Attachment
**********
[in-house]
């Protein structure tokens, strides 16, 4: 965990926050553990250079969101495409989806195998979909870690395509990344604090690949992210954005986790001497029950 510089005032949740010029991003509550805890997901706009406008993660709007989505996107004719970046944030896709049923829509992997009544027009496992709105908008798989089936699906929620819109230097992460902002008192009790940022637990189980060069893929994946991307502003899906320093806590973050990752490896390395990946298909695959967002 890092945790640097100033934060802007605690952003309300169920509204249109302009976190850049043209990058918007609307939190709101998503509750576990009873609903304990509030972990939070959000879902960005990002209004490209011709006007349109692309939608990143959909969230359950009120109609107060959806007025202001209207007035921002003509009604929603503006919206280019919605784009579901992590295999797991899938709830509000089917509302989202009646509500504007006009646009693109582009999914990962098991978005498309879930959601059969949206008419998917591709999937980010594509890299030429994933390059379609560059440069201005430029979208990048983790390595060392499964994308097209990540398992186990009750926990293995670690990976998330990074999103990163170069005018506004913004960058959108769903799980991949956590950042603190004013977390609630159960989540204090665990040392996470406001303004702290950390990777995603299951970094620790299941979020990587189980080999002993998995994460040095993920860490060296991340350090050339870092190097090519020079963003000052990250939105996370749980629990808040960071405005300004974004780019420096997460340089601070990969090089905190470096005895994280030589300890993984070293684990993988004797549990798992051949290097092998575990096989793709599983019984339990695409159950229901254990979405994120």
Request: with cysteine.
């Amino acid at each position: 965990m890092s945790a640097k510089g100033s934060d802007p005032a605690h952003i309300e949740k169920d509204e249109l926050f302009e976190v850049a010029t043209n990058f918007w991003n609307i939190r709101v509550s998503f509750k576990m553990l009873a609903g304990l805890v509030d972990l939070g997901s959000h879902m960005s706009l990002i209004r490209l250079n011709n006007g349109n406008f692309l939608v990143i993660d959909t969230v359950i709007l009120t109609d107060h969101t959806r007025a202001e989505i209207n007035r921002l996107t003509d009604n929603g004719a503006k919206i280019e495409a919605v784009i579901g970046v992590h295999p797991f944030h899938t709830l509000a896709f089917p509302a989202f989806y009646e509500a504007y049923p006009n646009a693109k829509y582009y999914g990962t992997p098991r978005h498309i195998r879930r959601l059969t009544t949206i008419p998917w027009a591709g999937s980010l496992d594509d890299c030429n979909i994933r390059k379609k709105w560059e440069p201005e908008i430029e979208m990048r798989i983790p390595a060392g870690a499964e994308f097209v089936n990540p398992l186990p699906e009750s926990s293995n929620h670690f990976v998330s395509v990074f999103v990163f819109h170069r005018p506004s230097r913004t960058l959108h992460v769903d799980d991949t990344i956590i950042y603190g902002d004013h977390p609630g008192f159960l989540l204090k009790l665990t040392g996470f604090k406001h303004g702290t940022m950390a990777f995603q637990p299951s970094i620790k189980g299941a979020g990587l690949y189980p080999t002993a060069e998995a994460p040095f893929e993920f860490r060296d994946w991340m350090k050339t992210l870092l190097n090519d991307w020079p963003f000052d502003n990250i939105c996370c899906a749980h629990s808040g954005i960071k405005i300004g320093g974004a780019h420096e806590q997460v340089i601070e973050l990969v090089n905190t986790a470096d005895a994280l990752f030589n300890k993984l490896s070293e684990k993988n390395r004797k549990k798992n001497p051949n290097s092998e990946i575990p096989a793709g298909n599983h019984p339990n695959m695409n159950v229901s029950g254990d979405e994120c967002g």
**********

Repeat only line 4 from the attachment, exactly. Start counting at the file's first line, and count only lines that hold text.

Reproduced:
């Amino acid at each position: 965990m890092s945790a640097k510089g100033s934060d802007p005032a605690h952003i309300e949740k169920d509204e249109l926050f302009e976190v850049a010029t043209n990058f918007w991003n609307i939190r709101v509550s998503f509750k576990m553990l009873a609903g304990l805890v509030d972990l939070g997901s959000h879902m960005s706009l990002i209004r490209l250079n011709n006007g349109n406008f692309l939608v990143i993660d959909t969230v359950i709007l009120t109609d107060h969101t959806r007025a202001e989505i209207n007035r921002l996107t003509d009604n929603g004719a503006k919206i280019e495409a919605v784009i579901g970046v992590h295999p797991f944030h899938t709830l509000a896709f089917p509302a989202f989806y009646e509500a504007y049923p006009n646009a693109k829509y582009y999914g990962t992997p098991r978005h498309i195998r879930r959601l059969t009544t949206i008419p998917w027009a591709g999937s980010l496992d594509d890299c030429n979909i994933r390059k379609k709105w560059e440069p201005e908008i430029e979208m990048r798989i983790p390595a060392g870690a499964e994308f097209v089936n990540p398992l186990p699906e009750s926990s293995n929620h670690f990976v998330s395509v990074f999103v990163f819109h170069r005018p506004s230097r913004t960058l959108h992460v769903d799980d991949t990344i956590i950042y603190g902002d004013h977390p609630g008192f159960l989540l204090k009790l665990t040392g996470f604090k406001h303004g702290t940022m950390a990777f995603q637990p299951s970094i620790k189980g299941a979020g990587l690949y189980p080999t002993a060069e998995a994460p040095f893929e993920f860490r060296d994946w991340m350090k050339t992210l870092l190097n090519d991307w020079p963003f000052d502003n990250i939105c996370c899906a749980h629990s808040g954005i960071k405005i300004g320093g974004a780019h420096e806590q997460v340089i601070e973050l990969v090089n905190t986790a470096d005895a994280l990752f030589n300890k993984l490896s070293e684990k993988n390395r004797k549990k798992n001497p051949n290097s092998e990946i575990p096989a793709g298909n599983h019984p339990n695959m695409n159950v229901s029950g254990d979405e994120c967002g």